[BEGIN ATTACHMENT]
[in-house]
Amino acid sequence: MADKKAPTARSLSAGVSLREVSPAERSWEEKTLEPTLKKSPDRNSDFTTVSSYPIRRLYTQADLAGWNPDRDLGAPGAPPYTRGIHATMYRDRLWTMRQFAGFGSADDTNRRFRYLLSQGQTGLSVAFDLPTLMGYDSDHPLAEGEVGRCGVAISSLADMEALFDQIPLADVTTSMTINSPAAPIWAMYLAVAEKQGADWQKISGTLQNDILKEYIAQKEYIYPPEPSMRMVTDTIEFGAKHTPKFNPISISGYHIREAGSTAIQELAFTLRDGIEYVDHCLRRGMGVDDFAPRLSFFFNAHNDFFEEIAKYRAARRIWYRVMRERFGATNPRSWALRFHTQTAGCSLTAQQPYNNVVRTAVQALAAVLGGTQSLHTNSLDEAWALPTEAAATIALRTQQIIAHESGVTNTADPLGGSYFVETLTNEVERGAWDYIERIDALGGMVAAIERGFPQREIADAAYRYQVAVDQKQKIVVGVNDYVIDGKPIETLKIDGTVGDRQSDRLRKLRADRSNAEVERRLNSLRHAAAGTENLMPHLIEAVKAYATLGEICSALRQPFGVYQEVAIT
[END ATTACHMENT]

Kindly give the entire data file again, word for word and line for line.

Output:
[in-house]
Amino acid sequence: MADKKAPTARSLSAGVSLREVSPAERSWEEKTLEPTLKKSPDRNSDFTTVSSYPIRRLYTQADLAGWNPDRDLGAPGAPPYTRGIHATMYRDRLWTMRQFAGFGSADDTNRRFRYLLSQGQTGLSVAFDLPTLMGYDSDHPLAEGEVGRCGVAISSLADMEALFDQIPLADVTTSMTINSPAAPIWAMYLAVAEKQGADWQKISGTLQNDILKEYIAQKEYIYPPEPSMRMVTDTIEFGAKHTPKFNPISISGYHIREAGSTAIQELAFTLRDGIEYVDHCLRRGMGVDDFAPRLSFFFNAHNDFFEEIAKYRAARRIWYRVMRERFGATNPRSWALRFHTQTAGCSLTAQQPYNNVVRTAVQALAAVLGGTQSLHTNSLDEAWALPTEAAATIALRTQQIIAHESGVTNTADPLGGSYFVETLTNEVERGAWDYIERIDALGGMVAAIERGFPQREIADAAYRYQVAVDQKQKIVVGVNDYVIDGKPIETLKIDGTVGDRQSDRLRKLRADRSNAEVERRLNSLRHAAAGTENLMPHLIEAVKAYATLGEICSALRQPFGVYQEVAIT